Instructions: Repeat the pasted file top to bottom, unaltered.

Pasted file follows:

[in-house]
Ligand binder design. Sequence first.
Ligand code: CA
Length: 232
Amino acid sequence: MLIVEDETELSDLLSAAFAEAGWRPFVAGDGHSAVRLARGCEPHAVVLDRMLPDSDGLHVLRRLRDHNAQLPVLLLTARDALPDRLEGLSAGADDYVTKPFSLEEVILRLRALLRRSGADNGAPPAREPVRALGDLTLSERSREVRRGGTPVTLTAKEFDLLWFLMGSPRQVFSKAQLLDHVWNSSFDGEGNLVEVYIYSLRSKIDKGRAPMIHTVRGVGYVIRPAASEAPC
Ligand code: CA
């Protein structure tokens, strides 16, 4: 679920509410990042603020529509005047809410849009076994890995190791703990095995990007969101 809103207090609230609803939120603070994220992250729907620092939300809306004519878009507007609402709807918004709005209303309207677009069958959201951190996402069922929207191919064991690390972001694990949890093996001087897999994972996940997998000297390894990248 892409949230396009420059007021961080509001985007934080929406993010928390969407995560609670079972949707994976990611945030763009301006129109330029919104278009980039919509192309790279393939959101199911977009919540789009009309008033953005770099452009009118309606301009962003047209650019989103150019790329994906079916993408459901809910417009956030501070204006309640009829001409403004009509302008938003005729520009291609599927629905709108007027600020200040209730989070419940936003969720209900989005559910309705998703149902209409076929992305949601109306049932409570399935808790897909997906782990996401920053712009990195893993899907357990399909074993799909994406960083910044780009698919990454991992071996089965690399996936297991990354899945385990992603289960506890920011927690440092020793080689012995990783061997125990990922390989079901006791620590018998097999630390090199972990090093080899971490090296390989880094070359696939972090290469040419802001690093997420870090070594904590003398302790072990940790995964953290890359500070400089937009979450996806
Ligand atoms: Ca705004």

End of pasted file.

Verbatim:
[in-house]
Ligand binder design. Sequence first.
Ligand code: CA
Length: 232
Amino acid sequence: MLIVEDETELSDLLSAAFAEAGWRPFVAGDGHSAVRLARGCEPHAVVLDRMLPDSDGLHVLRRLRDHNAQLPVLLLTARDALPDRLEGLSAGADDYVTKPFSLEEVILRLRALLRRSGADNGAPPAREPVRALGDLTLSERSREVRRGGTPVTLTAKEFDLLWFLMGSPRQVFSKAQLLDHVWNSSFDGEGNLVEVYIYSLRSKIDKGRAPMIHTVRGVGYVIRPAASEAPC
Ligand code: CA
């Protein structure tokens, strides 16, 4: 679920509410990042603020529509005047809410849009076994890995190791703990095995990007969101 809103207090609230609803939120603070994220992250729907620092939300809306004519878009507007609402709807918004709005209303309207677009069958959201951190996402069922929207191919064991690390972001694990949890093996001087897999994972996940997998000297390894990248 892409949230396009420059007021961080509001985007934080929406993010928390969407995560609670079972949707994976990611945030763009301006129109330029919104278009980039919509192309790279393939959101199911977009919540789009009309008033953005770099452009009118309606301009962003047209650019989103150019790329994906079916993408459901809910417009956030501070204006309640009829001409403004009509302008938003005729520009291609599927629905709108007027600020200040209730989070419940936003969720209900989005559910309705998703149902209409076929992305949601109306049932409570399935808790897909997906782990996401920053712009990195893993899907357990399909074993799909994406960083910044780009698919990454991992071996089965690399996936297991990354899945385990992603289960506890920011927690440092020793080689012995990783061997125990990922390989079901006791620590018998097999630390090199972990090093080899971490090296390989880094070359696939972090290469040419802001690093997420870090070594904590003398302790072990940790995964953290890359500070400089937009979450996806
Ligand atoms: Ca705004």